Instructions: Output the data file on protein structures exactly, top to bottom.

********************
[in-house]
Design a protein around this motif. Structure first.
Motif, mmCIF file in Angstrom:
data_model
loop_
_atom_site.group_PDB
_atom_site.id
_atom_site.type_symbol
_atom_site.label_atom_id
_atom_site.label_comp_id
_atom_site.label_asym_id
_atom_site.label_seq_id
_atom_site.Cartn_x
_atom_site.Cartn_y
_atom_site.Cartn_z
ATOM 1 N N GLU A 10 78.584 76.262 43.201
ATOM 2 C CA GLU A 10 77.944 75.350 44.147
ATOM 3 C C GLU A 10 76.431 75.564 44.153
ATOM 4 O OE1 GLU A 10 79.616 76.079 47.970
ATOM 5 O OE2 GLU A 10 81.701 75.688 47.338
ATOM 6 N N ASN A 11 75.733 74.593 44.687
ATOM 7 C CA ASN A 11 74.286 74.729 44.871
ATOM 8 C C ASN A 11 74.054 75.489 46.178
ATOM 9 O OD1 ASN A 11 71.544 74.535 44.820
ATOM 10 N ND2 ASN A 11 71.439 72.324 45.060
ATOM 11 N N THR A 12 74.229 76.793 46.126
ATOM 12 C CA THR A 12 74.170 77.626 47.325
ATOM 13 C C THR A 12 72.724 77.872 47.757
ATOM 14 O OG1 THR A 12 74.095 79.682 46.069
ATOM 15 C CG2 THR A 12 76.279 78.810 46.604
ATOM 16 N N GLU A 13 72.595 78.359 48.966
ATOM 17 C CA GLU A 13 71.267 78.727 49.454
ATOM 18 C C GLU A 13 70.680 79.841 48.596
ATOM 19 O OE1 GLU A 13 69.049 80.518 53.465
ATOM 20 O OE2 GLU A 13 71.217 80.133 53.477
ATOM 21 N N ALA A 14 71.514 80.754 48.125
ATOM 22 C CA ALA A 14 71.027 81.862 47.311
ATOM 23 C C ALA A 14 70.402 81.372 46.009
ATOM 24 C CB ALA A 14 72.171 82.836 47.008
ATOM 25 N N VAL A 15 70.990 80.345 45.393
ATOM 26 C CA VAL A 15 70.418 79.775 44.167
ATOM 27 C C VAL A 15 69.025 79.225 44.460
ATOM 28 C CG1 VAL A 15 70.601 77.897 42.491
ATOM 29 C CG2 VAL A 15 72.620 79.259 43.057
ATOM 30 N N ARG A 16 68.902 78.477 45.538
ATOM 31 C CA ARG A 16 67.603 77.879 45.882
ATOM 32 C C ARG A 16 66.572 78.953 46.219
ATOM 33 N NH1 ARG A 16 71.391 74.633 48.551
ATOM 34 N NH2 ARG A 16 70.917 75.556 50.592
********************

[in-house]
Design a protein around this motif. Structure first.
Motif, mmCIF file in Angstrom:
data_model
loop_
_atom_site.group_PDB
_atom_site.id
_atom_site.type_symbol
_atom_site.label_atom_id
_atom_site.label_comp_id
_atom_site.label_asym_id
_atom_site.label_seq_id
_atom_site.Cartn_x
_atom_site.Cartn_y
_atom_site.Cartn_z
ATOM 1 N N GLU A 10 78.584 76.262 43.201
ATOM 2 C CA GLU A 10 77.944 75.350 44.147
ATOM 3 C C GLU A 10 76.431 75.564 44.153
ATOM 4 O OE1 GLU A 10 79.616 76.079 47.970
ATOM 5 O OE2 GLU A 10 81.701 75.688 47.338
ATOM 6 N N ASN A 11 75.733 74.593 44.687
ATOM 7 C CA ASN A 11 74.286 74.729 44.871
ATOM 8 C C ASN A 11 74.054 75.489 46.178
ATOM 9 O OD1 ASN A 11 71.544 74.535 44.820
ATOM 10 N ND2 ASN A 11 71.439 72.324 45.060
ATOM 11 N N THR A 12 74.229 76.793 46.126
ATOM 12 C CA THR A 12 74.170 77.626 47.325
ATOM 13 C C THR A 12 72.724 77.872 47.757
ATOM 14 O OG1 THR A 12 74.095 79.682 46.069
ATOM 15 C CG2 THR A 12 76.279 78.810 46.604
ATOM 16 N N GLU A 13 72.595 78.359 48.966
ATOM 17 C CA GLU A 13 71.267 78.727 49.454
ATOM 18 C C GLU A 13 70.680 79.841 48.596
ATOM 19 O OE1 GLU A 13 69.049 80.518 53.465
ATOM 20 O OE2 GLU A 13 71.217 80.133 53.477
ATOM 21 N N ALA A 14 71.514 80.754 48.125
ATOM 22 C CA ALA A 14 71.027 81.862 47.311
ATOM 23 C C ALA A 14 70.402 81.372 46.009
ATOM 24 C CB ALA A 14 72.171 82.836 47.008
ATOM 25 N N VAL A 15 70.990 80.345 45.393
ATOM 26 C CA VAL A 15 70.418 79.775 44.167
ATOM 27 C C VAL A 15 69.025 79.225 44.460
ATOM 28 C CG1 VAL A 15 70.601 77.897 42.491
ATOM 29 C CG2 VAL A 15 72.620 79.259 43.057
ATOM 30 N N ARG A 16 68.902 78.477 45.538
ATOM 31 C CA ARG A 16 67.603 77.879 45.882
ATOM 32 C C ARG A 16 66.572 78.953 46.219
ATOM 33 N NH1 ARG A 16 71.391 74.633 48.551
ATOM 34 N NH2 ARG A 16 70.917 75.556 50.592